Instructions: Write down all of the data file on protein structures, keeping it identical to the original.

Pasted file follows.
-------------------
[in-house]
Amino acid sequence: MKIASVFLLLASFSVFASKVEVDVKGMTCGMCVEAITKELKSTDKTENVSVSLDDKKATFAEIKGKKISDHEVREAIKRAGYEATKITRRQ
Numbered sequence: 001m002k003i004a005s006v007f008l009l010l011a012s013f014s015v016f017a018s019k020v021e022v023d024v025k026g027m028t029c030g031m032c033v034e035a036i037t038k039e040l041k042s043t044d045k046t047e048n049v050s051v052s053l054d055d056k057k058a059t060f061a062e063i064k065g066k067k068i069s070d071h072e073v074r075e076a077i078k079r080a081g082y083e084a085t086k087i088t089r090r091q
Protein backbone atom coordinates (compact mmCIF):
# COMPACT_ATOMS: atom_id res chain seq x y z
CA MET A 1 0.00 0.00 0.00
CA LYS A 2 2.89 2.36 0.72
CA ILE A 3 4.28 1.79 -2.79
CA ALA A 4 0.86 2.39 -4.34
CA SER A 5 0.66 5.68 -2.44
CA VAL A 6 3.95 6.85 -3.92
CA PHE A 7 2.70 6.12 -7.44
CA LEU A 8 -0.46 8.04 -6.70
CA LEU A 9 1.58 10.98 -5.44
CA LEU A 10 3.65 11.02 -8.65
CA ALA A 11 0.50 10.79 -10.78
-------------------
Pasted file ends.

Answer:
[in-house]
Amino acid sequence: MKIASVFLLLASFSVFASKVEVDVKGMTCGMCVEAITKELKSTDKTENVSVSLDDKKATFAEIKGKKISDHEVREAIKRAGYEATKITRRQ
Numbered sequence: 001m002k003i004a005s006v007f008l009l010l011a012s013f014s015v016f017a018s019k020v021e022v023d024v025k026g027m028t029c030g031m032c033v034e035a036i037t038k039e040l041k042s043t044d045k046t047e048n049v050s051v052s053l054d055d056k057k058a059t060f061a062e063i064k065g066k067k068i069s070d071h072e073v074r075e076a077i078k079r080a081g082y083e084a085t086k087i088t089r090r091q
Protein backbone atom coordinates (compact mmCIF):
# COMPACT_ATOMS: atom_id res chain seq x y z
CA MET A 1 0.00 0.00 0.00
CA LYS A 2 2.89 2.36 0.72
CA ILE A 3 4.28 1.79 -2.79
CA ALA A 4 0.86 2.39 -4.34
CA SER A 5 0.66 5.68 -2.44
CA VAL A 6 3.95 6.85 -3.92
CA PHE A 7 2.70 6.12 -7.44
CA LEU A 8 -0.46 8.04 -6.70
CA LEU A 9 1.58 10.98 -5.44
CA LEU A 10 3.65 11.02 -8.65
CA ALA A 11 0.50 10.79 -10.78